CD23 fragments are found in the circulation of normal human subjects. Elevated concentrations of circulating soluble fragments are commonly associated with inflammatory or lymphoproliferative diseases, such as rheumatoid arthritis, asthma, and chronic lymphoblastic leukemia, also known as CLL (15–17). It has been shown that antibodies to CD23 alleviate all three conditions, and an anti-CD23 antibody, IDEC-152, is in clinical trials for asthma (16) and CLL (17). Structural information on CD23 and its interactions is needed if the mechanisms of IgE homeostasis are to be understood and agents for intervening in this process developed.
We have used surface plasmon resonance to characterize the interaction between derCD23 and the two protein ligands, IgE and CD21, involved in IgE regulation, determining equilibrium and rate constants for the Fc fragment of IgE (domains C2-4) and the D1-2 fragment of human CD21.
For the interaction between C2-4 and derCD23, we observed a marked change in affinity and off rates depending on the immobilization density of derCD23. At low density, C2-4 and CD21(D1-2) both show fast-on/-off kinetics with a resulting KD = 1.3 ± 0.3 and 0.87 ± 0.09 × 10−6 M, respectively (Fig. 1, A and B). At a higher immobilization density of derCD23 the rates of dissociation of C2-4 are markedly reduced (Fig. 1 D). C2-4 is a dimer, and the presence of two copies of the C3 domain may therefore explain this effect; the dimer has the potential to make a bivalent interaction and the observed affinity differences are then caused by cooperative binding. The monovalent CD21(D1-2) construct showed no change in apparent affinity at higher derCD23 densities (Fig. 1 C).
When C2-4 is the immobilized component, binding of derCD23 (Fig. 1 E), which is monomeric under these conditions as shown by sedimentation equilibrium (molecular mass = 18,086 ± 350 dalton [D]; unpublished data), gives similar values to C2-4/derCD23 (Fig. 1 B). In contrast, the binding of exCD23, with the complete extracellular sequence, shows a considerably higher affinity, with a markedly slower off rate (Fig. 1 F). In fact, these binding curves of exCD23 with C2-4 show two components with different affinities (KD = 1.1 ±0.2 × 10−6 M and 3.9 ± 0.6 × 10−8 M) and interaction kinetics. This effect is clearly reflected in the dissociation kinetics (Fig. 1 F; one minor component with a rate constant of 4 × 10−2 s−1 and a major component with an off-rate constant of 5 × 10−4 s−1). Because exCD23 is also monomeric in solution under these conditions, as determined by sedimentation equilibrium (molecular mass = 30,426 ± 908 D; unpublished data), this biphasicity must be caused by formation of dimers or trimers by enhanced self-association of lectin domains as they bind to IgE Fc. Thus, binding of soluble CD23 to IgE Fc promotes oligomerization, provided that there is sufficient stalk, as in exCD23. A weak interaction between CD23 lectin domains is also evident from our NMR studies of derCD23 at elevated concentrations (see derCD23 oligomerization). Upon oligomerization of CD23 in the complex with IgE Fc, it will gain the capacity to bind additional IgE Fc molecules. Indeed, the sedimentation equilibrium profile indicates the formation of a heterogeneous mixture of high molecular mass complexes, which cannot be modeled to determine its size distribution (unpublished data).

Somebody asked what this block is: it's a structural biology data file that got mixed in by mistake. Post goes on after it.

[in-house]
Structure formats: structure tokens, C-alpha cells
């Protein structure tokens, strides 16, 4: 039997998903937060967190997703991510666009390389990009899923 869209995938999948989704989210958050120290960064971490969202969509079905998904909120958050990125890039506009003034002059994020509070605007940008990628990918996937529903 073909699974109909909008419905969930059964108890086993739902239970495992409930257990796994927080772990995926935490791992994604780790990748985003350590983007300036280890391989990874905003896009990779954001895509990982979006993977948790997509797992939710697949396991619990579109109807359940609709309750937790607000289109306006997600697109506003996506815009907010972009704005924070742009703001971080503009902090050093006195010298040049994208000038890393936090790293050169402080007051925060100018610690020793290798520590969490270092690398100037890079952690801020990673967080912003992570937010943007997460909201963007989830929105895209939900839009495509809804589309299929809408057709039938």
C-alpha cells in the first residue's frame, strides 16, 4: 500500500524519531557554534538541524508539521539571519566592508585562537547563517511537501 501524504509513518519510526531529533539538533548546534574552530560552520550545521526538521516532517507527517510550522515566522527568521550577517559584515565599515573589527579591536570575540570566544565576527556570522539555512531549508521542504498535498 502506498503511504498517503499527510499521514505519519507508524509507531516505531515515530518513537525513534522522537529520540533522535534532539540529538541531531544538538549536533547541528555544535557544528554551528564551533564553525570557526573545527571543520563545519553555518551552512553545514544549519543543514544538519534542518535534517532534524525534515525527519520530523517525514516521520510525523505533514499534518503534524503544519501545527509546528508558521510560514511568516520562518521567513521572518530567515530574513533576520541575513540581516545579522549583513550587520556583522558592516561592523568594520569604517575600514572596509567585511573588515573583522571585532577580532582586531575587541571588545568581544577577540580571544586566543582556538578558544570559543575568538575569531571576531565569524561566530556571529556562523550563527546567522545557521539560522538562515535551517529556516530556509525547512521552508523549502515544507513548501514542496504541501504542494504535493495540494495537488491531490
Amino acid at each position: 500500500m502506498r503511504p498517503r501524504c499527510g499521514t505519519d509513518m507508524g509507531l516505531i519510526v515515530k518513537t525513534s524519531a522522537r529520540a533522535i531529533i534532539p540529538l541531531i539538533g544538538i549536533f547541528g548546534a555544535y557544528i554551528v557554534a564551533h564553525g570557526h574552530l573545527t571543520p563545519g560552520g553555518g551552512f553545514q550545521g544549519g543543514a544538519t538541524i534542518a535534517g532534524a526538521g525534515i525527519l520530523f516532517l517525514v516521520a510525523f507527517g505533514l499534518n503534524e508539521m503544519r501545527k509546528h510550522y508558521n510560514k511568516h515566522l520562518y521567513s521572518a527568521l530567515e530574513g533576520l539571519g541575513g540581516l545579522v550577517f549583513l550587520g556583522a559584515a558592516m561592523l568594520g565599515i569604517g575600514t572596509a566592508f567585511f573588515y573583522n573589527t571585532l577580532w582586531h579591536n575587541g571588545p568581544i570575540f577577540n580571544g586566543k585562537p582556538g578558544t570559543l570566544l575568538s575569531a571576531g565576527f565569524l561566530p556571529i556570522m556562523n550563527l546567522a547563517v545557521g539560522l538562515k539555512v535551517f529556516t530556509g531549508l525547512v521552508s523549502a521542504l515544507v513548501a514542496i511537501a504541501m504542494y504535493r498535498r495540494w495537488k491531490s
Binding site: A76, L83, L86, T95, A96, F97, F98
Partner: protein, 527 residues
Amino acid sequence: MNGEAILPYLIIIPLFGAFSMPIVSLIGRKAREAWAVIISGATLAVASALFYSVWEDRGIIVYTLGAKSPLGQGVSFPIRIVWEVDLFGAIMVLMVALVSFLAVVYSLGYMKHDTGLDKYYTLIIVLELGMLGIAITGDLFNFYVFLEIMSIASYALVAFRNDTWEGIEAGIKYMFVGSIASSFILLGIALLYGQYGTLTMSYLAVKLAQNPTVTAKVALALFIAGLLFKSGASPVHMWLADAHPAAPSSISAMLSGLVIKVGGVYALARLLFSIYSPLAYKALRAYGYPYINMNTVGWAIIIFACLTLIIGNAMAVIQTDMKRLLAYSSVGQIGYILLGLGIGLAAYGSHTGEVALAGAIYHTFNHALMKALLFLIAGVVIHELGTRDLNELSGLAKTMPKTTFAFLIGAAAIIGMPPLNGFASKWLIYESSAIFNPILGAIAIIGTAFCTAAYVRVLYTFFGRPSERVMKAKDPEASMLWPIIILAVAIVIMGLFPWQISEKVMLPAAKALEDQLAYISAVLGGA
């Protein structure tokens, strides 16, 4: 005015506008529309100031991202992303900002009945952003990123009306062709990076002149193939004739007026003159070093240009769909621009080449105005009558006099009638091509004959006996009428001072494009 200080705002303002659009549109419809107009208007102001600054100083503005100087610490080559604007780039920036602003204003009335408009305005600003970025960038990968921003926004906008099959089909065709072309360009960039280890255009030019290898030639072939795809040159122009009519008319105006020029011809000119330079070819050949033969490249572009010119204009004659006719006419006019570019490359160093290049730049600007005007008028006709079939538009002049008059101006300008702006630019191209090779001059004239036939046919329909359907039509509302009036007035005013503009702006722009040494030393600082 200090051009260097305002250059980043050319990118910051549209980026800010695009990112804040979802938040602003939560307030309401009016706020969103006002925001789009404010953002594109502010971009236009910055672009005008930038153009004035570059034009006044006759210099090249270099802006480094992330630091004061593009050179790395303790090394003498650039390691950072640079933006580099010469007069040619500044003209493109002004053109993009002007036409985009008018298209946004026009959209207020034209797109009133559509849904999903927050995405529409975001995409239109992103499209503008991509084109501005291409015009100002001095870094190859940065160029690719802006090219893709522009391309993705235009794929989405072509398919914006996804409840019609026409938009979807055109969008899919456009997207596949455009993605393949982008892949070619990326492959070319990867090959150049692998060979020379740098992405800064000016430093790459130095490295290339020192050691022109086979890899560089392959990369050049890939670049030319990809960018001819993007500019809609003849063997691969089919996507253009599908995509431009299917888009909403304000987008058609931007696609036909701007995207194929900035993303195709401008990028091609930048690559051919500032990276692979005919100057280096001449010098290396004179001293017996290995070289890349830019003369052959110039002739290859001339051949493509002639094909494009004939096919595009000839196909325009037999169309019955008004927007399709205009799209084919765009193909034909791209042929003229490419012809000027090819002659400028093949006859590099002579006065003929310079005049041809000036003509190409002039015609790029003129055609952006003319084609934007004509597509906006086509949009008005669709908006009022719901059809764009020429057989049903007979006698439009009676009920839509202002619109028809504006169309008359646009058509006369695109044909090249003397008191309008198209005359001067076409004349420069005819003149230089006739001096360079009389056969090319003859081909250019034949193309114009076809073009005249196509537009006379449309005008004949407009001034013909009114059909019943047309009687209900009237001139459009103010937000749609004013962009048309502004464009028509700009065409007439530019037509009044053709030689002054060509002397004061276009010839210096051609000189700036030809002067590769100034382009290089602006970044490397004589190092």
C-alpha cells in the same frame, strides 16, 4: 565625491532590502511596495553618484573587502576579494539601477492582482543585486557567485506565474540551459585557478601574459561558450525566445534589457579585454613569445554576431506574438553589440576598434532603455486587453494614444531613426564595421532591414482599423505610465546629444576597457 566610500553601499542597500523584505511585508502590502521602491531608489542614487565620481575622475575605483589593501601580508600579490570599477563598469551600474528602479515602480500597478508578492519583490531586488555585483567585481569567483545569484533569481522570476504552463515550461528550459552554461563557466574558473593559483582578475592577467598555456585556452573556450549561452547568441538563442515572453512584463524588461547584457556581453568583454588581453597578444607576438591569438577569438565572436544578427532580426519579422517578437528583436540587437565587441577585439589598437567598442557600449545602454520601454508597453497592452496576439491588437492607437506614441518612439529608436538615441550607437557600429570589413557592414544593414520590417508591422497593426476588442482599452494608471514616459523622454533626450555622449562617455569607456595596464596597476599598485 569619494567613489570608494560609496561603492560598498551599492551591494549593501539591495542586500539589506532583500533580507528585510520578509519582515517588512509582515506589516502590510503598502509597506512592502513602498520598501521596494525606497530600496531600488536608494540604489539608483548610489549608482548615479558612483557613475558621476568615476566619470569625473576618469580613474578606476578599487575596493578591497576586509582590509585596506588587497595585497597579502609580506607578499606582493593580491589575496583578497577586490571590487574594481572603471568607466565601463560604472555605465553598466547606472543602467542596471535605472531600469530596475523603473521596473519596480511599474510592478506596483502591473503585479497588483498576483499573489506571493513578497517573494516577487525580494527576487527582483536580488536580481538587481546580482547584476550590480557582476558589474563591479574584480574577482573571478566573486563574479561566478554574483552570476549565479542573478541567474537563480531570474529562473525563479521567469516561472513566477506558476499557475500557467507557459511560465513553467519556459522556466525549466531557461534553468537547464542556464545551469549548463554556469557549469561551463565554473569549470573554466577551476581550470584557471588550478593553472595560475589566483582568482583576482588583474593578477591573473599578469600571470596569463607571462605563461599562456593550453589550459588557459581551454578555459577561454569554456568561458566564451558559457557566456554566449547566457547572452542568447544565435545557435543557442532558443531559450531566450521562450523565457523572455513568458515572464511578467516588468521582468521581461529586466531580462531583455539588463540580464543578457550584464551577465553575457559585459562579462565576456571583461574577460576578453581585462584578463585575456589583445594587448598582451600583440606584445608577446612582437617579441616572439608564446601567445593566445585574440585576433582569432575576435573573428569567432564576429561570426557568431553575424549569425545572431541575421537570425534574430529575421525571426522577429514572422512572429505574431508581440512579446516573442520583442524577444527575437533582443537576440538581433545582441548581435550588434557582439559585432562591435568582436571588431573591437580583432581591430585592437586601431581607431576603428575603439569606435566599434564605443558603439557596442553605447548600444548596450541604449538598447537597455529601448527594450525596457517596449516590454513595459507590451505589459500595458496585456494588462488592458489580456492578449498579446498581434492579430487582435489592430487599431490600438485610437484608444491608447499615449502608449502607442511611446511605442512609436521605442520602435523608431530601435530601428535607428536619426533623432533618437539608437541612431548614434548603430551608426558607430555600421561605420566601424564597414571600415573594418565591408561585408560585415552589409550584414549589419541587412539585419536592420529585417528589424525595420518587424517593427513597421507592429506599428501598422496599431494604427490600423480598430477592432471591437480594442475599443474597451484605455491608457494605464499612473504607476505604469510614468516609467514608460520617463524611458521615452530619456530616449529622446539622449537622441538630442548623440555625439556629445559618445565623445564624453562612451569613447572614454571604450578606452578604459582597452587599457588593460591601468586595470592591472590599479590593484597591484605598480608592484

The analogy with other members of the C-type lectin superfamily would suggest that the structure and activity of CD23 might be dependent on calcium, and there is some experimental evidence in favor of this inference (18, 19). We performed binding experiments in the presence of 10 mM EDTA after stripping derCD23 of calcium by overnight incubation in EDTA. The binding of IgE Fc showed a small (sevenfold) decrease in affinity (to a KD of 9.1 ± 0.9 × 10−6 M) due almost entirely to a change in on rate (unpublished data). This is consistent with the expectation that the calcium affects the conformation of certain loops, based on observations of other C-type lectins, but calcium is not involved directly in binding. The affinity of the CD21(D1-2) interaction was unaffected by the removal of calcium.